The Congress Trail was named after the members of the U.S. Congress who came here in 1903. It is said that they were so impressed by the giant redwoods that they named the trees after Congress and political figures, and the trail became the Congress Trail. Here we can see the President's Tree, as well as the Senate Group and House Group, which are all growing together. A Senate Tree is a group of trees surrounded by a single tree in the center, making it look like a meeting is going on. A House Group is a group of trees gathered together to discuss something.

You can pass by the Circle Meadow Trail, where you can see a nice view of the canyon and pass through a tunnel of fallen trees and get back to the Congess trailhead. If you are more ambitious, you can continue to the back of the trail to join the Trail of Sequoia.

Giant Forest Museum Area

Sentinel tree and Giant Forest Museum

The Giant Forest Museum is the centerpiece of the area. There is a lot of information about the Sequoias in the museum that you can visit.

The main attraction of the Giant Forest Museum is the Sentinel tree in front of it, which is a very large Giant Sequoia, over 250 feet tall, making it very, very conspicuous.

Beetle Rock

Beetle Rock is a huge marble platform located not far from the Giant Forest Museum, and the view of the mountains from here is spectacular.

Beetle Rock Trail

From Beetle Rock, follow the Beetle Rock Trail to Big Tree Trail. The redwood forest in this area had a forest fire in 2021, so the whole redwood forest looks charred and black. However, the redwoods are actually very resistant to burning. The fire only left burn scars and ashes on the ground.

Must-do | Big Tree Trail

Big Tree Trail is a must-visit trail in the Giant Forest Museum area. It is called Big Tree Trail because the trees here are impressively big and numerous. The trail is only 0.6 mile long, and the trail can take you back to the museum.

Moro Rock

Moro Rock is a huge marble rock. We must climb to the top along a steep and narrow trail with 350 steps, but the view was definitely worth it. From the top of the rock, we can look down on a wide range of mountains, forests and redwoods. The trail at the top is actually very narrow. When the weather is good, you can see Mount Whitney, the highest peak in North America.

Moro Rock can only be accessed by the gray line shuttle bus during holidays. It is recommended to come here first thing in the morning to avoid the crowds.

Must-see | Tunnel Log

Tunnel Log may be reached by the Gray Line or by car. Tunnel Log was just an ordinary tree that fell on the road in 1937. After that, the park authorities sawed a big hole in the trunk of the tree for passage, and it became a popular photo spot.

Crescent Meadow Area

There are many great trails around Crescent Meadow. For those who like hiking, the trails around this area are worth spending a little more time on. There are fewer tourists than in other areas, so it's perfect for those who want to enjoy the forests at a leisurely pace. The trails around here are well organized. Some of the trails are a bit more difficult, bring your better hiking shoes and hiking poles.

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Crescent Meadow Trail

One can walk 2 miles around the crescent meadow here. It's easy to spot bears walking leisurely in the meadow, especially at dusk. Once we encountered a curious bear that was blocking the trail, and we got stuck for a long time, which was quite nerve-wracking. If you come here to have a picnic, be careful. It is said that the bears here already recognized the supermarket shopping bags, portable refrigerators for drinks and food, and other human food containers.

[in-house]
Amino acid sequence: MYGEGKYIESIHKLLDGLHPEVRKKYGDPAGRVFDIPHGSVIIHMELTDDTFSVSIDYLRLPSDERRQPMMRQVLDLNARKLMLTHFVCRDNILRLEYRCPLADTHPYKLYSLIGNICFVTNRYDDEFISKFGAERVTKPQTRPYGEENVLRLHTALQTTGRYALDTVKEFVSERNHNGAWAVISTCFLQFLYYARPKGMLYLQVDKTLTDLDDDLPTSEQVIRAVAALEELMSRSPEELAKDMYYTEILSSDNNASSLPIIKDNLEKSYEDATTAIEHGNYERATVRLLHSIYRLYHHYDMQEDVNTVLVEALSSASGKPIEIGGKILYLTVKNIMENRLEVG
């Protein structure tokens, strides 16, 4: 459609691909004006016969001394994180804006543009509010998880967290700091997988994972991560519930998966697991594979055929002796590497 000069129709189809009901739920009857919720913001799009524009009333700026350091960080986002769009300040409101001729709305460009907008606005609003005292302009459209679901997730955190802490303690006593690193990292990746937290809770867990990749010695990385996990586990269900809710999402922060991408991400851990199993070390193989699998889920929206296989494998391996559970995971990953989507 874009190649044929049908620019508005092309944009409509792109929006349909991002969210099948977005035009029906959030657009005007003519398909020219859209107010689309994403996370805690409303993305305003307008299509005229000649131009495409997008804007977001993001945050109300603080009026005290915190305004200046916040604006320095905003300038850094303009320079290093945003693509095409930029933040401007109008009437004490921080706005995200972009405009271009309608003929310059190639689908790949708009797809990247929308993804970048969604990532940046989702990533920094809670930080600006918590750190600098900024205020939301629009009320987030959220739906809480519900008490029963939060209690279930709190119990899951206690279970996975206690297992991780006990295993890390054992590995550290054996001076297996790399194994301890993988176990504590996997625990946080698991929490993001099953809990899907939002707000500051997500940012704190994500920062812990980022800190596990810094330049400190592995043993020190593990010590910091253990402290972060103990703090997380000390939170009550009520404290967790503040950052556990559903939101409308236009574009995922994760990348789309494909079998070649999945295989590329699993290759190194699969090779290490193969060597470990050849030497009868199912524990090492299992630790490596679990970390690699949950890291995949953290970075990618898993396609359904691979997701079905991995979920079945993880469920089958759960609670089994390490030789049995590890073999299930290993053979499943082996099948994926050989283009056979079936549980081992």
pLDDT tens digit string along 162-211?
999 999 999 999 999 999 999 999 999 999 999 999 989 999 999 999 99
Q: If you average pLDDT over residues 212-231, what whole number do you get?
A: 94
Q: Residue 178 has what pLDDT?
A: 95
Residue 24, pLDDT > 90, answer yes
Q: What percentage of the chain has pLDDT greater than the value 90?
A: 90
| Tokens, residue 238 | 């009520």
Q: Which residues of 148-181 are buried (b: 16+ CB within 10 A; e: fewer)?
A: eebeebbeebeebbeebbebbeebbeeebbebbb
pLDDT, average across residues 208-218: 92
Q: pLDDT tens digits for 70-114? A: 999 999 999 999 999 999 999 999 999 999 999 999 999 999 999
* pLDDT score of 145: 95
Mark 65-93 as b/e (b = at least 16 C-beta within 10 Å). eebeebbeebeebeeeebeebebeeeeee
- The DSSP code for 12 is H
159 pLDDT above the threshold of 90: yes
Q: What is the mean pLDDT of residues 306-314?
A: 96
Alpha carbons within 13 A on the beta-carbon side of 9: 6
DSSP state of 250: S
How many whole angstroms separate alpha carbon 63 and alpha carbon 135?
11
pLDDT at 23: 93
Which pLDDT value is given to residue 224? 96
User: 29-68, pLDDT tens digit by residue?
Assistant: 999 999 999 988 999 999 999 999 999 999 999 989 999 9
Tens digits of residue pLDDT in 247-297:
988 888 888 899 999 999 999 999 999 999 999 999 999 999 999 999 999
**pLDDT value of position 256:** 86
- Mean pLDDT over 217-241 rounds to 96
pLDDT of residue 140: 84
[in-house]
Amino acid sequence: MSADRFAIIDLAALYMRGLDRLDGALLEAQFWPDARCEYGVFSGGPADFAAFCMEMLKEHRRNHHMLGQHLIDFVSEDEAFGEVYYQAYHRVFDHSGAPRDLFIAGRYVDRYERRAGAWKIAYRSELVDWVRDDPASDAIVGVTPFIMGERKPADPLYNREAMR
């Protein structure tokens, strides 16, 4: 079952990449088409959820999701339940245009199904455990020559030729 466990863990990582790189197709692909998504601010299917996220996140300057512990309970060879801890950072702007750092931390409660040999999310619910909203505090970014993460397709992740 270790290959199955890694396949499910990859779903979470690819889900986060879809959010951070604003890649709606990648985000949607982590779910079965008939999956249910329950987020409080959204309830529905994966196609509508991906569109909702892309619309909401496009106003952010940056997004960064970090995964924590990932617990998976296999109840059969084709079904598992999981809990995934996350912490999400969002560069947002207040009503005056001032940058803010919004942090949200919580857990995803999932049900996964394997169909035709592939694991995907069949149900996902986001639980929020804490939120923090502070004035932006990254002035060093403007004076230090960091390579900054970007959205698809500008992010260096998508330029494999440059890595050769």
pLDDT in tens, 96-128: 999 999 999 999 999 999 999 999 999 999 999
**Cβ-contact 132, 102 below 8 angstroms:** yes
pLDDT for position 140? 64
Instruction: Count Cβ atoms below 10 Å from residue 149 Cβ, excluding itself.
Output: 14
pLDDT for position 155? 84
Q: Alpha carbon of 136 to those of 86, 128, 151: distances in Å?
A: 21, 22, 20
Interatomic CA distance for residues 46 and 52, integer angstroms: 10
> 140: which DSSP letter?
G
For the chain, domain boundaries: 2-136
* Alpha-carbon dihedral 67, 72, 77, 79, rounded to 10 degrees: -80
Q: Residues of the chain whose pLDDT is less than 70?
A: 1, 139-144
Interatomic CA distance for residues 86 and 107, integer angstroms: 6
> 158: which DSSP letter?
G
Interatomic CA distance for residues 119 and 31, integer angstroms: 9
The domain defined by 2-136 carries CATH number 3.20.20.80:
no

There is a famous tree called Chimney Tree, which has a hole at the bottom and the top is hollow, looking just a Chimney.

Tharp's Log

Not far from Crescent Meadow, there is a famous attraction called Tharp's Log, about 0.4 mile from Chimney Tree, follow the signs and you will get there, it is a house made of a fallen redwood tree. In the late 1800's a man named James Wilson Sanny found this huge fallen redwood and hollowed it out as his house, where he lived for many years. He lived here for many years. His furniture and other items from that time remain inside the log cabin.

Log Meadow Loop Trail

Log Meadow is on the east side of Crescent Meadow, there are less people here. When the fog comes down, the meadow looks romantic. You can also take this trail to the High Sierra Trail.

Eagle View | High Sierra Trail

Eagle View is a beautiful viewpoint located on the High Sierra Trail. The trail itself is a backcountry trail and is very long, going all the way to the top of Mount Whitney. That said, if we start from the trailhead in front of Crescent Meadow parking lot, it's a short walk to reach Eagle View, where we can see a panoramic view of King's Canyon and Sequoia National Park, including Moro Rock.

Attractions | Squatter's Cabin | Huckleberry Trail

Squatter's Cabin is on the Huckleberry Trail, also near Crescent Meadow. The story of this cabin is quite interesting. We all know that in the 19th century, American settlers could register to own the land they lived on as long as they could settle down. The person who built this cabin was such a reclaimer, but he didn't realize that the land had already been registered by someone else after he had built the house.

The Huckleberry Trail is about 2 miles long and connects with Soldier's trail and the trail system near Crescent Meadow, so it can be planned as a big circle hiking route. We actually took the Soldier's Trail to Crescent Meadow, and it was quite scenic with lots of giant redwoods along the way.

Trail | Soldier's Trail

Soldier's Trail is the trail opposite of Tunnel Log. If you open the map in front of us, you will find that every scenic spot along the trail system of the national park can be connected, so we decided to walk from Soldier's Trail all the way to Crescent Meadow for a few hours when we came to Sequoia National Park. Therefore, when we came to Sequoia National Park, we decided to go from Soldier's Trail to Crescent Meadow and walked for a few hours. However, the trail system in Sequoia National Park is quite complicated, so it is better to bring a map with you.

The reason why I took this trail is purely because I like to see the sequoia forest. This trail is not very famous, so there were only a few people and we were able to enjoy the quiet atmosphere. Along the way, we passed by many groves.

In the sequoia forests, you can often see burn marks on some of the trees. I really admire their exuberant vitality. Since the sequoia bark is not flammable, you will often see the bottom of the tree burned into a hollow, but the exterior is still intact.

Further reading